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Former 9/11 Commissioner says intelligence changes made a difference

Department of Homeland Security
The 9/11 Commission Report, released in 2004, called for major changes in U.S. intelligence agencies.

Former U.S. Senator from Washington state, Slade Gorton,  says the killing of bin Laden is proof that intelligence agencies in the United States have improved.  Gorton sat on the 9/11 Commission, which investigated the terrorist attacks. Gorton credits Congress with adopting many of the recommendations made by the 9/11 Commission in 2004. After 9/11,  U.S. intelligence agencies were criticized for failing to prevent the attacks.  Gorton says the killing of Osama bin Laden proves that a lot has changed since then.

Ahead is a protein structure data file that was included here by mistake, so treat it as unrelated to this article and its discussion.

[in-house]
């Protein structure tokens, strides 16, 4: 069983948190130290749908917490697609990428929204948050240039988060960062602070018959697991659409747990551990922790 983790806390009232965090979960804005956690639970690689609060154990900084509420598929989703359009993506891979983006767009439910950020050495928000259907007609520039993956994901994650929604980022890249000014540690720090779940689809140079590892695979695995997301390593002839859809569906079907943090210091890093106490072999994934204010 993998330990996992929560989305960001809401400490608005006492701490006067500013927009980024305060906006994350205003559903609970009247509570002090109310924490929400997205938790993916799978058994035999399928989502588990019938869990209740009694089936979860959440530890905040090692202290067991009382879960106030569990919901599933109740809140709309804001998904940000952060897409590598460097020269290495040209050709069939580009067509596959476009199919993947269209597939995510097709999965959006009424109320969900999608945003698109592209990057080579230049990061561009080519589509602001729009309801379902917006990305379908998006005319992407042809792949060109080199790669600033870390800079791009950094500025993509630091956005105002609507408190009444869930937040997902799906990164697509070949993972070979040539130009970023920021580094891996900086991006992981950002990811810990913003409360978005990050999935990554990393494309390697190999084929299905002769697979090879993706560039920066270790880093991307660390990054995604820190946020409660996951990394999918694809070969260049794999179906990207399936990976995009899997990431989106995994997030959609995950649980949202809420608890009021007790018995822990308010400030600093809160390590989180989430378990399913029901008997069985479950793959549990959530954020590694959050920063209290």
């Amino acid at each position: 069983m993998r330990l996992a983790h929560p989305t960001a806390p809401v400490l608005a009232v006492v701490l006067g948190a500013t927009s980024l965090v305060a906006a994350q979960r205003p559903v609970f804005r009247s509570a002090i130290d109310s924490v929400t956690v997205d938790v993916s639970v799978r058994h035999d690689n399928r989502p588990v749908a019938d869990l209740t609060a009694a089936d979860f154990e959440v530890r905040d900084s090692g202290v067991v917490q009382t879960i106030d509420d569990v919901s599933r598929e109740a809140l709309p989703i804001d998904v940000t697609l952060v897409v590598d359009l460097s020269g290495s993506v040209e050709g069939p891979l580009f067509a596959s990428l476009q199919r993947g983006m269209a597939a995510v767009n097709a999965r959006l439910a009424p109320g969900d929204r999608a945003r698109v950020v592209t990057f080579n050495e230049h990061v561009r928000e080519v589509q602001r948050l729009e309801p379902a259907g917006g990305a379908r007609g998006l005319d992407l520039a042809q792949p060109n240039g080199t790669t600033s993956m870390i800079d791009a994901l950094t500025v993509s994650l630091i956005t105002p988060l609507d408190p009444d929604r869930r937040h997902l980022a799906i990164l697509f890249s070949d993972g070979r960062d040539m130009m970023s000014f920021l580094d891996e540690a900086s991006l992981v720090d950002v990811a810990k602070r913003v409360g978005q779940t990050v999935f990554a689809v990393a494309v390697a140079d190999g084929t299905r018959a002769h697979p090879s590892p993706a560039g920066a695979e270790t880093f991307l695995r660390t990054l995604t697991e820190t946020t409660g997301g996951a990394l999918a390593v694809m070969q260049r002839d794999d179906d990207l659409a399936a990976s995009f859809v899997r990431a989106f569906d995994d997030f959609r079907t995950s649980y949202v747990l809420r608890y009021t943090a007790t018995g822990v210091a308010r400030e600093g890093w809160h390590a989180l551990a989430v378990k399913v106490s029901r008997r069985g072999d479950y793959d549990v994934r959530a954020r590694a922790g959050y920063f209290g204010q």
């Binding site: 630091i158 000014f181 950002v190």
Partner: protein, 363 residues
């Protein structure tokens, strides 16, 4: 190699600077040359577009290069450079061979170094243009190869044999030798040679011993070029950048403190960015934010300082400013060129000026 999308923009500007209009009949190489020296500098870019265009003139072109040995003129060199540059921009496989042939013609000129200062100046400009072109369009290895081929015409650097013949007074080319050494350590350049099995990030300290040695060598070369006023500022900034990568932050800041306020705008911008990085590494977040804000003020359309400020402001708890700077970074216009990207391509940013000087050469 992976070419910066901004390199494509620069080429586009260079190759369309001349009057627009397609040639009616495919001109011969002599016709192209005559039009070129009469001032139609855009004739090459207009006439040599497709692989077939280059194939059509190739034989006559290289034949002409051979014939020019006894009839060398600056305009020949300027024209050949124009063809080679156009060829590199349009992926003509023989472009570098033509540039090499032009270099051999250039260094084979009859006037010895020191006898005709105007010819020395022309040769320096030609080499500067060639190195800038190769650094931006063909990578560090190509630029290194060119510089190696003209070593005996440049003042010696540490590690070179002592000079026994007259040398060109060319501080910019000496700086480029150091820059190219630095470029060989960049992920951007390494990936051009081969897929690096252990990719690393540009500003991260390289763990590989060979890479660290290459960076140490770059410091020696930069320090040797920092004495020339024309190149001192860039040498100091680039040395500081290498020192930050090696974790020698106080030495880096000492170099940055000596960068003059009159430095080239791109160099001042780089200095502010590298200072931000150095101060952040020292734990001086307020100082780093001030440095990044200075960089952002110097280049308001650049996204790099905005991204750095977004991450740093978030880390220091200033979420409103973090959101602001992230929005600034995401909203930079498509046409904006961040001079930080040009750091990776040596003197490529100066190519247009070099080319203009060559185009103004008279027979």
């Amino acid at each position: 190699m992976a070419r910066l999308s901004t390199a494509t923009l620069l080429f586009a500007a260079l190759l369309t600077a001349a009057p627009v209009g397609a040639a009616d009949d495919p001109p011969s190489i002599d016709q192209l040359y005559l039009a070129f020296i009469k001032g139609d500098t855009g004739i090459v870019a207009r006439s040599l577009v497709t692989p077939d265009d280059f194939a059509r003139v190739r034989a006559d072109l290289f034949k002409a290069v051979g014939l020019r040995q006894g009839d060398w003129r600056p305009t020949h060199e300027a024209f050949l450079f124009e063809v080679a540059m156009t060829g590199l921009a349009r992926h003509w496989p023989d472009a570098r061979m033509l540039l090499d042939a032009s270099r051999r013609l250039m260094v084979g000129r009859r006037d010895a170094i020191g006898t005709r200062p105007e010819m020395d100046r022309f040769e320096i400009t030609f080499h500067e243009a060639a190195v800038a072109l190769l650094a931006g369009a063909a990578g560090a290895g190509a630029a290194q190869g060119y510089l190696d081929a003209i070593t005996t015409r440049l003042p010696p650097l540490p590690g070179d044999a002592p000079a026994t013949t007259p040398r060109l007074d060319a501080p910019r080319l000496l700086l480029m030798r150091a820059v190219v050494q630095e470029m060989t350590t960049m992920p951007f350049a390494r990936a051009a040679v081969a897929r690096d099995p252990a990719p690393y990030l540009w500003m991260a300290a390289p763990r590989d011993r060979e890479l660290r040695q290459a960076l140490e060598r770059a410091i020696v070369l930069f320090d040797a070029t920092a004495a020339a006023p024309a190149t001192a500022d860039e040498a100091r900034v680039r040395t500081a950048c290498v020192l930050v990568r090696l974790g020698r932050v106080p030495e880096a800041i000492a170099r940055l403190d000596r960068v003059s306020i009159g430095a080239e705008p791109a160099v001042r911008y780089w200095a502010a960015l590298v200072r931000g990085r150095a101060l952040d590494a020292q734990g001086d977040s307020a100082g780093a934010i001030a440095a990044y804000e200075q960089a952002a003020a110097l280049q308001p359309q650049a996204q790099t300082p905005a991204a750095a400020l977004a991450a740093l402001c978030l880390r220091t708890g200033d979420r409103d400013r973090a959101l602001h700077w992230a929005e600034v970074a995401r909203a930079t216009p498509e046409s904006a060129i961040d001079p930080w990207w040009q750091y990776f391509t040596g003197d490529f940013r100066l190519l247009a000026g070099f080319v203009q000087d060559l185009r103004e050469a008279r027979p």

“There was a substantial reorganization of all of our intelligence agencies, a better line of communication between them and the President and, I think, under Leon Panetta a more effective CIA,” Gorton said.

Gorton, who is a Republican,  expressed admiration for President Obama and for the "patience of two administrations" that worked to hunt down Osama bin Laden.

Paula reports on groundbreaking legal decisions in Washington State and on trends in crime and law enforcement. She’s been at KNKX since 1989 and has covered the Law and Justice beat for the past 15 years. Paula grew up in Idaho and, prior to KNKX, worked in public radio and television in Boise, San Francisco and upstate New York.
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